Prime Minister David Cameron is poised to agree to a role for Syrian President Bashar al-Assad during a transition period as part of a renewed diplomatic drive to end the Syrian conflict. In his speech at the UN, the British premier would, however, insist that Assad would eventually leave.

In a bid to "inject momentum" to solve the Syrian crisis, Cameron will back the views earlier expressed by Foreign Secretary Philip Hammond at the Commons foreign affairs committee.

"The prime minister's view is that there is not a long-term, stable, peaceful future for Syria where Syrian people can return home with President Assad as its leader, and that's what we've got to work towards ... We would be open to working with other countries on a solution whereby there is a transition. We haven't got a specific timeframe for when we think Assad should go. We've always been clear that there would need to be some sort of transition," said a British government source, according to the Guardian.

US Secretary of State John Kerry has previously said he is hopeful of coming up with a political solution to the four-year-long crisis. The uprising-turned-civil-war has claimed more than 200,000 lives and displaced 11 million people, many of them landing up on European shores.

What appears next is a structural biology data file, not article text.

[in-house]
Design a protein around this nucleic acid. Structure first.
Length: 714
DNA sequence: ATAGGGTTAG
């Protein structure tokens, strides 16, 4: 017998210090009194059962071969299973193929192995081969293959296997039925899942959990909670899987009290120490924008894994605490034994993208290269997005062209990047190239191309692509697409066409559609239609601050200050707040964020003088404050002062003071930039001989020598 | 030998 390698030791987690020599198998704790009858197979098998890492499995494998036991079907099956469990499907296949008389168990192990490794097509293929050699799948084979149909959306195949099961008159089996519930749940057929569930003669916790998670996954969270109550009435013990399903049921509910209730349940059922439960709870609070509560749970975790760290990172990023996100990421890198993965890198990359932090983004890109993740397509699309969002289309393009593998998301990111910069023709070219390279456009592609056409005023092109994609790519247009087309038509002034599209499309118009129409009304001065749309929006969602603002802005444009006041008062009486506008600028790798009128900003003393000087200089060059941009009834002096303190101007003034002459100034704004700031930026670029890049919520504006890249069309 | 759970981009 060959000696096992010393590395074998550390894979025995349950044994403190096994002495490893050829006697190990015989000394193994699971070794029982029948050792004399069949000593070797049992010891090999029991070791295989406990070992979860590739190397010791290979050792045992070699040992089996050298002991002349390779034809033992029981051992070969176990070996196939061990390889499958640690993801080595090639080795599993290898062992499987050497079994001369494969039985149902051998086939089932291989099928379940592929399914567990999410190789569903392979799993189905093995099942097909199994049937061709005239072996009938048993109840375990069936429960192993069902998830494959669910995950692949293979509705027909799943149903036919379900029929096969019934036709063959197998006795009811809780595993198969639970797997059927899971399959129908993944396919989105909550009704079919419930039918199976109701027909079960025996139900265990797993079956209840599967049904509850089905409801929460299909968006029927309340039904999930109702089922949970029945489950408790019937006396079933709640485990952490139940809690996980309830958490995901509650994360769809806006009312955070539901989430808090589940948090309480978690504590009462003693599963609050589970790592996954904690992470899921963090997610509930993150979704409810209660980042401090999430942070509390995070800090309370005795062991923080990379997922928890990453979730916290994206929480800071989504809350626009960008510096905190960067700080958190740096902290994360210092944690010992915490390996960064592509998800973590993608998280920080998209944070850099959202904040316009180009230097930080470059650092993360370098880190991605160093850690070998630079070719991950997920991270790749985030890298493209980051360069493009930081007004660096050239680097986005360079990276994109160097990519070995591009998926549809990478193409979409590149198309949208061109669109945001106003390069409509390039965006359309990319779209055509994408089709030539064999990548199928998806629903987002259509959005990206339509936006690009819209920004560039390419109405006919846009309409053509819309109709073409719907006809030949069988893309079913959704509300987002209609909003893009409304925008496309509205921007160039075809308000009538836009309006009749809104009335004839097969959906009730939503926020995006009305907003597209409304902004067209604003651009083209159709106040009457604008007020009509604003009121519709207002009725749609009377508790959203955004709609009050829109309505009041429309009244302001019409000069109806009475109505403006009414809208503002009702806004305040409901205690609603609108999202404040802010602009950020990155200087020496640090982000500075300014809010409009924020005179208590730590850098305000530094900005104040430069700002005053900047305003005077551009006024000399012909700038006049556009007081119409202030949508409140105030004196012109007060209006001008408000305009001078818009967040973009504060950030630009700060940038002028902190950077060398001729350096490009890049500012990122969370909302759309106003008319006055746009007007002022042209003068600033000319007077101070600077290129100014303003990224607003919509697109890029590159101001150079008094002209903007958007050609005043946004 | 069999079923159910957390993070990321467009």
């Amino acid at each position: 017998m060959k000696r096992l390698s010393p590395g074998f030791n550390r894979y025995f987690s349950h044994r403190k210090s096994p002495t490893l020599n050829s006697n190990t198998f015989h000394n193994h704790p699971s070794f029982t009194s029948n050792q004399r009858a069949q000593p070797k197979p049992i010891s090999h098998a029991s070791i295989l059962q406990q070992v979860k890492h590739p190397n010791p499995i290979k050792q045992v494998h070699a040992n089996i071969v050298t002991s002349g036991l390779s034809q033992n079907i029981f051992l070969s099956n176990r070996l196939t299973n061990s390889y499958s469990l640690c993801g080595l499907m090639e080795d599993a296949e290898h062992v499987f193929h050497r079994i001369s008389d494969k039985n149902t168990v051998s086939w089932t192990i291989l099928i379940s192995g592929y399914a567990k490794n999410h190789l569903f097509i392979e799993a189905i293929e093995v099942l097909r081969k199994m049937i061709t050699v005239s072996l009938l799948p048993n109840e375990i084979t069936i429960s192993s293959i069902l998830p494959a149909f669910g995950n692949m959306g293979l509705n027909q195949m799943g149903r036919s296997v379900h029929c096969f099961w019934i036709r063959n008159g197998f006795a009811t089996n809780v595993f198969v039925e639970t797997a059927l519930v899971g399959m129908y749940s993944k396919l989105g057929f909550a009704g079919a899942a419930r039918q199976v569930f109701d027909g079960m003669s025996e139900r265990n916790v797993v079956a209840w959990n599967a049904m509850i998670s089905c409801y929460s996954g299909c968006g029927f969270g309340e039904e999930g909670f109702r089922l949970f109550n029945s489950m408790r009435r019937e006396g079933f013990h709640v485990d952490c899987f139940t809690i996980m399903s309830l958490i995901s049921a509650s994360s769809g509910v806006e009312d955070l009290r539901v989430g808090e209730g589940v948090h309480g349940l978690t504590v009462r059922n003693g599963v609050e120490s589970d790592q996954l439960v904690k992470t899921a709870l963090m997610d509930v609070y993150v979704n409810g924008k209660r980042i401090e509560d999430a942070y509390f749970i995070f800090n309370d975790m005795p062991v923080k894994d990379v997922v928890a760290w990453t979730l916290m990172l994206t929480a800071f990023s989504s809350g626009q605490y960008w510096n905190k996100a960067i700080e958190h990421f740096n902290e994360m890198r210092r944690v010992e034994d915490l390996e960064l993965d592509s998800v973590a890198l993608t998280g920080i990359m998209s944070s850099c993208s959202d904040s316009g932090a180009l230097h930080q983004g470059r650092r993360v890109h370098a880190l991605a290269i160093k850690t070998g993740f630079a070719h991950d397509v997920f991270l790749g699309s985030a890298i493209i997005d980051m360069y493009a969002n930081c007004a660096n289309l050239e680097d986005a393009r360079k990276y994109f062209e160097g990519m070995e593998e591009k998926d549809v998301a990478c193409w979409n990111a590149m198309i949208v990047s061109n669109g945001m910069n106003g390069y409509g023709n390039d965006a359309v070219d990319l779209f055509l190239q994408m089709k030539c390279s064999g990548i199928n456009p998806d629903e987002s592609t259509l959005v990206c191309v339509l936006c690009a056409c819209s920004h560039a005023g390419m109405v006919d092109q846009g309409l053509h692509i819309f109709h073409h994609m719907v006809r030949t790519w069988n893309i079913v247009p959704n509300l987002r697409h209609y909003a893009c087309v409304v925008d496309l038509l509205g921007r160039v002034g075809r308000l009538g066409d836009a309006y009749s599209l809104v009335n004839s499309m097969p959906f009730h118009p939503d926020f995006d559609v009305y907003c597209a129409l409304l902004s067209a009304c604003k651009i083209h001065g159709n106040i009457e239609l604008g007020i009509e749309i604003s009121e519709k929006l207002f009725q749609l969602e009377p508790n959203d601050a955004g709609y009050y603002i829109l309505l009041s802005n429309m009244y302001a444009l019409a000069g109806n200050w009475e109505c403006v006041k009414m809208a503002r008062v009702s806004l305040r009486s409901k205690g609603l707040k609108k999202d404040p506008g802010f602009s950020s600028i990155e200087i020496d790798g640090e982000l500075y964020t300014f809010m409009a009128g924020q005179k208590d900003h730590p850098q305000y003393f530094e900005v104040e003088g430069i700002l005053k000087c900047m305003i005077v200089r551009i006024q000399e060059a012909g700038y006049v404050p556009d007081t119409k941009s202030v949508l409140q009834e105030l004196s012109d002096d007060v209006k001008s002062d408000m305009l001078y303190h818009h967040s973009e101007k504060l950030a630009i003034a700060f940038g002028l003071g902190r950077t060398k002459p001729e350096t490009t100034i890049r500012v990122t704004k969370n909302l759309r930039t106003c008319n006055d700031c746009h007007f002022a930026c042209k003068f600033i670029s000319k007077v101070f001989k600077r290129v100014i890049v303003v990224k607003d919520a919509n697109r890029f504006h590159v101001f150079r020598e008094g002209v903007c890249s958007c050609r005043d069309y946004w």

Cameron will make his remarks amid the ongoing military build-up by Russia in the region. Russian President Vladimir Putin has long argued that supporting Assad would help defeat Islamic State (Isis) militants in the region.

"We are clear ISIL [another acronym for IS] poses a threat as much to Russia as it does to Europe and other countries around the world and therefore we should be able to find a way forward to work together," a spokesperson for the British prime minister was quoted as saying by Sky News.

"ISIL and Assad are both the enemies of the Syrian people. We are still of the view that we need to tackle the threat from ISIL but we also need to find a political solution that leads to a transition away from President Assad to a different leader that can unite the people of Syria and an inclusive government that the international community can engage with to tackle the threat ISIL."